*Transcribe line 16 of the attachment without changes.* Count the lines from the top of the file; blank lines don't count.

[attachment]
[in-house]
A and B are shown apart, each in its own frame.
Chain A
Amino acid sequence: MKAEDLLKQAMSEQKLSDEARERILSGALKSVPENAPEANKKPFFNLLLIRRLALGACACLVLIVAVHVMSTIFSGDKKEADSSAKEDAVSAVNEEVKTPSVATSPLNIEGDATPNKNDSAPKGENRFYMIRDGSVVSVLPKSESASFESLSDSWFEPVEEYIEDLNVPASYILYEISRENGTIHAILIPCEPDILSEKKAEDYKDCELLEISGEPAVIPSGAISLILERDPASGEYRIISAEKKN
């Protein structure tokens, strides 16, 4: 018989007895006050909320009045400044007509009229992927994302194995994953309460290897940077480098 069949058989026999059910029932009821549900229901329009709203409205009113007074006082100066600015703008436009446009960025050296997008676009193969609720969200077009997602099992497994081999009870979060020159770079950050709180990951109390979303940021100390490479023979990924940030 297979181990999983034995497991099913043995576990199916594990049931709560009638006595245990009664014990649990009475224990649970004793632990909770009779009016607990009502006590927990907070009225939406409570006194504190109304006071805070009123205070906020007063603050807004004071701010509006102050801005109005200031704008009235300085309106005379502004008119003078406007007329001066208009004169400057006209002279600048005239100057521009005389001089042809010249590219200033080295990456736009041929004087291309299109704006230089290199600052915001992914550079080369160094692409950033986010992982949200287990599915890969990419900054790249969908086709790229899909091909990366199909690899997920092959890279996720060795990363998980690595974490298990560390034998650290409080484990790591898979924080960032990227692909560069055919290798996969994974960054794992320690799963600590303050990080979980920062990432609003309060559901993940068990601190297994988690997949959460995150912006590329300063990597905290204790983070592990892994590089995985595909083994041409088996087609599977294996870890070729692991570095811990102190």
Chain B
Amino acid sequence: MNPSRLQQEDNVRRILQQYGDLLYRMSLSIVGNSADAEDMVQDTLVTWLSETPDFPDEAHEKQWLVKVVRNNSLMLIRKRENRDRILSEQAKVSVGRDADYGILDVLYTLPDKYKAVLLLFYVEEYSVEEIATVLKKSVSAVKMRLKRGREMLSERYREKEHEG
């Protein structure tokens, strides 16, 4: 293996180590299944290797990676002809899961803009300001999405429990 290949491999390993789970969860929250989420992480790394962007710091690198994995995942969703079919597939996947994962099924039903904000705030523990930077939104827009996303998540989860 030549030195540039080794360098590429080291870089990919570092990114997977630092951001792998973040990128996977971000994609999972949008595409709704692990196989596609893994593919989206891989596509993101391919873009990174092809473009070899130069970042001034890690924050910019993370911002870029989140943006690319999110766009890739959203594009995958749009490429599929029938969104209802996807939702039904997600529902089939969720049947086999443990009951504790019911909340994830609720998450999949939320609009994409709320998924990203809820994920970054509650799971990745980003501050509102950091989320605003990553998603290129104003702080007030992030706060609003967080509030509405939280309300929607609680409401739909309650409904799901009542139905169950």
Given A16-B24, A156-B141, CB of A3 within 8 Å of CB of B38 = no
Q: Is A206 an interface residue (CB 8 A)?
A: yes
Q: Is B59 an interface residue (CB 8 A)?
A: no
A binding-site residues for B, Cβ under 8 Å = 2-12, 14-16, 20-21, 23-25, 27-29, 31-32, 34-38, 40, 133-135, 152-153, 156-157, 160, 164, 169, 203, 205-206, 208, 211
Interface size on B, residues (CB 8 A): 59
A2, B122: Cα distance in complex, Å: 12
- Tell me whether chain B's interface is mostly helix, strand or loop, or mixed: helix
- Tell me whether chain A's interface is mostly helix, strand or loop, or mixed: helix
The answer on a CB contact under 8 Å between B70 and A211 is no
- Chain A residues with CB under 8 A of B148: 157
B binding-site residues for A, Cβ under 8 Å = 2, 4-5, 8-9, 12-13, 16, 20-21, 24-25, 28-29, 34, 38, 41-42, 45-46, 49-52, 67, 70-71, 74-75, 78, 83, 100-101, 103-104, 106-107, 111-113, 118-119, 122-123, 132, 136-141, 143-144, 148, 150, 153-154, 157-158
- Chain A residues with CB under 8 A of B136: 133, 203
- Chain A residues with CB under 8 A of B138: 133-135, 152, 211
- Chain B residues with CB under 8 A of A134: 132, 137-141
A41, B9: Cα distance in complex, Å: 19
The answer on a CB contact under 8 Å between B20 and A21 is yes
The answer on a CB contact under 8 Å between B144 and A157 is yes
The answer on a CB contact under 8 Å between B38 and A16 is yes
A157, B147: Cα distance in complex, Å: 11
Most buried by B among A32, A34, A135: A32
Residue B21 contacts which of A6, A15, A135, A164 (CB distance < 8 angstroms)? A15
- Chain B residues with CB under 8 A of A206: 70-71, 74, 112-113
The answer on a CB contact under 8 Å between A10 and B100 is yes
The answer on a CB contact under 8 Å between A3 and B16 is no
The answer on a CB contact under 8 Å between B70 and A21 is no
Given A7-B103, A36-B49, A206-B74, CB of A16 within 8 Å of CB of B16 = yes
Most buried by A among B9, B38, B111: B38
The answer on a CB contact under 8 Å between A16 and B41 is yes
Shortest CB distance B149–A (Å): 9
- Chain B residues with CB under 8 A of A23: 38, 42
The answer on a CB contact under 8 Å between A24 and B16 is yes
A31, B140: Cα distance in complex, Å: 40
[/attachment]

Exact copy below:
A2, B122: Cα distance in complex, Å: 12